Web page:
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BC pellet producers step up to reduce dust explosion hazards

By Sue Retka Schill | July 24, 2014

British Columbia pellet producers are facing stepped up safety inspections by WorkSafeBC. Administrator Gord Macatee prepared a review and action plan that outlines plans for an agency restructuring and reviews mitigation of safety hazards from dust at sawmills and wood manufacturing facilities.

The effort was the result of separate explosions in early 2012 that destroyed two sawmills and resulted in four deaths and 42 injured workers in Burns Lake and Prince George, British Columbia. WorkSafeBC’s investigations concluded that all of the conditions for wood dust explosions existed, and inadequate systems were in place to mitigate the hazards. Two years later, criminal charges were not approved by the Criminal Justice Branch, which said the procedures followed in what began as inspection and evolved into an investigation meant the evidence gathered would likely be ruled as inadmissible by a trial court.

Provincial officials launched an agency review to make recommendations on the best way to separate the inspection and investigation functions, and asked for a 90-day action plan to ensure worker safety and dust hazard mitigation compliance.

The report found that sawmills improved their compliance performance, from 61 receiving compliance orders at the end of Phase III to 14 at the end of Phase IV. The relatively small number of pellet mills and other wood product manufacturing facilities did not see the same level of progress, the report said. “The challenges of managing dust accumulations are undoubtedly difficult,” it acknowledged. “However, the risk of a combustible dust event remains unacceptably high with 60 percent of mills receiving orders. Further work is required.”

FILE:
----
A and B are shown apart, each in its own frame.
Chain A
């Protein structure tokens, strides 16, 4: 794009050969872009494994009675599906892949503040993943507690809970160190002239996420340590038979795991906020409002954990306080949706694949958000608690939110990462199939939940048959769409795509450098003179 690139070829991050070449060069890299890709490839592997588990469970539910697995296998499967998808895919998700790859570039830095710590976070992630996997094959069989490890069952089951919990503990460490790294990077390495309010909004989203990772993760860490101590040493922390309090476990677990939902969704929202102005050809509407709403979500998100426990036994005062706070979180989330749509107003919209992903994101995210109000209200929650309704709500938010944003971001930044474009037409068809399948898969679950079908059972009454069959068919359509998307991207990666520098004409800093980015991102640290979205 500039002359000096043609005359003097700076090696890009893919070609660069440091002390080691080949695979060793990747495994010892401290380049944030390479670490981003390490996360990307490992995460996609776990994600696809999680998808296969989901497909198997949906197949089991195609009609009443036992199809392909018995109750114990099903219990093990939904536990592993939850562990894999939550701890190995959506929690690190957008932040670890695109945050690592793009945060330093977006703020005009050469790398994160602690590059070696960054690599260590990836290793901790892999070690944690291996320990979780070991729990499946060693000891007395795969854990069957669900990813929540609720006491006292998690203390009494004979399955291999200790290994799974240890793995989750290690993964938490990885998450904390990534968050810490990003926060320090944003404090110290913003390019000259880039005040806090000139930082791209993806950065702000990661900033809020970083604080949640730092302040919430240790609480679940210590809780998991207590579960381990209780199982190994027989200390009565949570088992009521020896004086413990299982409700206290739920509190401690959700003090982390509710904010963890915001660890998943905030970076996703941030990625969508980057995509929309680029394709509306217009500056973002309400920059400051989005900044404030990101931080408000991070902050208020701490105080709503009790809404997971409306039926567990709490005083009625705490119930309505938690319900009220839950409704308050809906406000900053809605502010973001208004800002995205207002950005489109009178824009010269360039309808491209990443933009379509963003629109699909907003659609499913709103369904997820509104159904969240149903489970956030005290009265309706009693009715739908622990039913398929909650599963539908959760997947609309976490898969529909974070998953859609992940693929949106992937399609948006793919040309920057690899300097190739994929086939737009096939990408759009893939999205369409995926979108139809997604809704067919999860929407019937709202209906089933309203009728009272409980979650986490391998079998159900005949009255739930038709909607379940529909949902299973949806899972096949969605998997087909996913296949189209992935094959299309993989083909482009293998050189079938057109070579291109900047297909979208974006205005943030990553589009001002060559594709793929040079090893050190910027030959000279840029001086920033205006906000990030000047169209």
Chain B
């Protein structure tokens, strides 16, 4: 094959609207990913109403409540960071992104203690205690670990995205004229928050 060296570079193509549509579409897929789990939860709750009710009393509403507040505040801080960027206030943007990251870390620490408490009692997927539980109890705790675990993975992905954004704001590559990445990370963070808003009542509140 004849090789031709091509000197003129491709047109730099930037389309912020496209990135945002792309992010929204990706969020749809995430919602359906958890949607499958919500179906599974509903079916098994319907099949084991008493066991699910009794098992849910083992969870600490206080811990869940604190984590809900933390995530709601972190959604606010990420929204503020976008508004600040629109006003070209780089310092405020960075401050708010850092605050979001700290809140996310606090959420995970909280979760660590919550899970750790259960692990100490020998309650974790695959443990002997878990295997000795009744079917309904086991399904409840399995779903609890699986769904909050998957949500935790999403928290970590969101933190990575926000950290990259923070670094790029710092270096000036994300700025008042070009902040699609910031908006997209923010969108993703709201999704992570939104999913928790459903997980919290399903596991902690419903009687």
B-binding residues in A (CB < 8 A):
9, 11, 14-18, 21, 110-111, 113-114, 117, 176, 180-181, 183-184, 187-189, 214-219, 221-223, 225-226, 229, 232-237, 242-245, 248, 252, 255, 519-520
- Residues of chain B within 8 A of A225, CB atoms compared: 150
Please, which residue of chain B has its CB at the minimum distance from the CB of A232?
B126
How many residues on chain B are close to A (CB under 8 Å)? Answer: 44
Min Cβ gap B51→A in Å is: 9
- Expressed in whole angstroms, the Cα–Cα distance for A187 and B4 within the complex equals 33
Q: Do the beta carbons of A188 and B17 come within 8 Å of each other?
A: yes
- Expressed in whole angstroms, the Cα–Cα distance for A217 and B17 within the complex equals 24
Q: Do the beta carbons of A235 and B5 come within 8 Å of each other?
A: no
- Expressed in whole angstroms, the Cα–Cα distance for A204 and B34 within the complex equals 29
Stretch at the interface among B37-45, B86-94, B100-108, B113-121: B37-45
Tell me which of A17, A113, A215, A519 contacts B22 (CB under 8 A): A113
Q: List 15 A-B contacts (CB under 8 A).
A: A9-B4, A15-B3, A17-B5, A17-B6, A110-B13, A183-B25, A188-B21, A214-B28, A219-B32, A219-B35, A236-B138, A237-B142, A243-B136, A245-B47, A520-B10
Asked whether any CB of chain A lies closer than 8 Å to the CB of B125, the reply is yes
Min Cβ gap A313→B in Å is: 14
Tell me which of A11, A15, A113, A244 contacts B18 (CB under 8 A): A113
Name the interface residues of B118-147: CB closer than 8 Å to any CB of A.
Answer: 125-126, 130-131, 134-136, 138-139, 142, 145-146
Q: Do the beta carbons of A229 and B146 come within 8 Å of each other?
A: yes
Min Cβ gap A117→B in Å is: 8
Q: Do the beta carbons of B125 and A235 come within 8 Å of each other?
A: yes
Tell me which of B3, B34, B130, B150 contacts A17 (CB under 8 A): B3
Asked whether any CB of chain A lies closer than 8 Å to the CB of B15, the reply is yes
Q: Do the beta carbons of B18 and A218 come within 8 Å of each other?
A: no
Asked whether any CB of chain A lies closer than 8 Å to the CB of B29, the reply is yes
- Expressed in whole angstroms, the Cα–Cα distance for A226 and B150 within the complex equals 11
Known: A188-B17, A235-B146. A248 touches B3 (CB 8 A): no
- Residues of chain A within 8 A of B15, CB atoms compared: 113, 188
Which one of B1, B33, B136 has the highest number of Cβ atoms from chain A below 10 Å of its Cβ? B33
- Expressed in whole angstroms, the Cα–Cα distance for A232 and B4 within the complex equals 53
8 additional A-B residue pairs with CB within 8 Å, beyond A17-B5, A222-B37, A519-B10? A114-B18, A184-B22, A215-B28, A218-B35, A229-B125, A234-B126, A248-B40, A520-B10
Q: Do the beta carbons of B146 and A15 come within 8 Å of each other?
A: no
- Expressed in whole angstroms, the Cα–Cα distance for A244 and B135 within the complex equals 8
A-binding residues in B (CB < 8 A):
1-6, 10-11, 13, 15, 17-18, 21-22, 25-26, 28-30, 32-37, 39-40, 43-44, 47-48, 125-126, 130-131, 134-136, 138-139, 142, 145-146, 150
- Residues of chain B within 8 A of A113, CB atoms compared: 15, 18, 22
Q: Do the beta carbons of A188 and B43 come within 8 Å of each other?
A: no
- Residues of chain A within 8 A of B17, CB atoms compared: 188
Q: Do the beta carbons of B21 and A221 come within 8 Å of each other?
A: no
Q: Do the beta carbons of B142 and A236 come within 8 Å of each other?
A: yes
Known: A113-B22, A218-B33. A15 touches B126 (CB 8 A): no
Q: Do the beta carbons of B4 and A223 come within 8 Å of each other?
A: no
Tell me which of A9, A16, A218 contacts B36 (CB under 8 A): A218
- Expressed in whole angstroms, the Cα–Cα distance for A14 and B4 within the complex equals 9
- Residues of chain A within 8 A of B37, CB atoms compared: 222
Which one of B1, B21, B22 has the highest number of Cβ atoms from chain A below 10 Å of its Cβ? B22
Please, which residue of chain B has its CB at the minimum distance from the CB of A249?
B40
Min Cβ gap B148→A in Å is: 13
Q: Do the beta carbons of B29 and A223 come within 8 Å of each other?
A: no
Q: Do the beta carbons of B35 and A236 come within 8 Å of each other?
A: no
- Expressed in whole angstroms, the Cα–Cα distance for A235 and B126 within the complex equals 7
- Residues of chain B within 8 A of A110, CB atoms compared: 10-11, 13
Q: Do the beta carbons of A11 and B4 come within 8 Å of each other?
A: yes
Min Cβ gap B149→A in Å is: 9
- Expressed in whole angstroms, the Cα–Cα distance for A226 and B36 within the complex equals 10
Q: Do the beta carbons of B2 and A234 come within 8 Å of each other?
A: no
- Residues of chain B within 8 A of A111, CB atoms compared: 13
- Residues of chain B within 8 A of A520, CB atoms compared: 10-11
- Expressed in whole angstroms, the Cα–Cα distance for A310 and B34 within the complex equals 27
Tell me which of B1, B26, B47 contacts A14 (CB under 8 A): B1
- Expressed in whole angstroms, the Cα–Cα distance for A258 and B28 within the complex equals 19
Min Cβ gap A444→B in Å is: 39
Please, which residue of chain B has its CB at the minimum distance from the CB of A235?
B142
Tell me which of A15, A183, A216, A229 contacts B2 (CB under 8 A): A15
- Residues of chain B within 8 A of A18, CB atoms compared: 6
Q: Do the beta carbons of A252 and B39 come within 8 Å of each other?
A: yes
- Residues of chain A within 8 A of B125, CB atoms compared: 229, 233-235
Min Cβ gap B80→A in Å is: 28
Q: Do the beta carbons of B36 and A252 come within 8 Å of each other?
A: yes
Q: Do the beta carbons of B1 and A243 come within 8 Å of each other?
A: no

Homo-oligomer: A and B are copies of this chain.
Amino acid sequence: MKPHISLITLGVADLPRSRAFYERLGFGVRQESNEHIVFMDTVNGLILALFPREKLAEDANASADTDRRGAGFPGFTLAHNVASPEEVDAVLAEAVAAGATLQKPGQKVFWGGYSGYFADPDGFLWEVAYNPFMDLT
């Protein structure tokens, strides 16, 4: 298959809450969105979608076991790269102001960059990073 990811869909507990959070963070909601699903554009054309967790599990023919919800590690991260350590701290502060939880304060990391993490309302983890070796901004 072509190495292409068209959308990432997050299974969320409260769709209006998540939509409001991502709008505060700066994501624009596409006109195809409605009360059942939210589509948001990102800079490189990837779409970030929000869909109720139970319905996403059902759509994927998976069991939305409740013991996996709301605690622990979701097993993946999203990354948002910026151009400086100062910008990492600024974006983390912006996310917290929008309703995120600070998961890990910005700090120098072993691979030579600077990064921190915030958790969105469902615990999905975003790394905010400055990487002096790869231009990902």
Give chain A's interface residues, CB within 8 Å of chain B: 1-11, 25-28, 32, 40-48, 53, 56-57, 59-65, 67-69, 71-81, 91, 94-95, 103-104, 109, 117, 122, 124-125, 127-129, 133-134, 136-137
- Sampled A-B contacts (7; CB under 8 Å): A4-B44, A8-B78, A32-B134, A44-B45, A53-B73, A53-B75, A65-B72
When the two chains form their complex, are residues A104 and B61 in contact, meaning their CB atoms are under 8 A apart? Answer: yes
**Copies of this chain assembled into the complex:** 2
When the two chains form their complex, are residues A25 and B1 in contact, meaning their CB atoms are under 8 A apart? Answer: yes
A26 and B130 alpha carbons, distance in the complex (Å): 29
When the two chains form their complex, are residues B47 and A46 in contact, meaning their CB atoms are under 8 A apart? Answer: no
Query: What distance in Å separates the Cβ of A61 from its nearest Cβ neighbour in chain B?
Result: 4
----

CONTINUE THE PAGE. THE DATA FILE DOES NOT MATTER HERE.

“This is a relatively small industry, and the challenges involved with managing dust accumulations are considerable,” the report said. “Further work is required to ensure the risks associated with combustible dust are mitigated. As such, Prevention Officers should continue to conduct regular inspections of pellet mills and other wood product manufacturers. Where violations are discovered, enforcement tools should be escalated to bring this sector into compliance.” 

One of the challenges for the wood product manufacturing sector, the report mentioned, is the lack of an established Health and Safety Association. “HSAs are structured as nonprofit societies with a representative board of directors; they provide training and certification and are responsible for sharing industry best practices with their members.”  

In the absence of an HSA, the Manufacturer’s Advisory Group stepped in to work on the 90-day action plan, along with representatives from labor and industry. MAG hired five industry advisors to receive training in combustible dust mitigation, control and audit procedures who began consulting with sawmill and pellet mills employers in June. 

MAG has developed a Dust Mitigation and Control Audit protocol, creating a scaled-down version for the province’s smaller sawmills. More information can be found here. The Wood Pellet Association of Canada and all of its British Columbia member mills have agreed to work with the BC Forest Safety Council to create a combustible dust audit tool customized for pellet mill operations.

 

 

 

 

 

 

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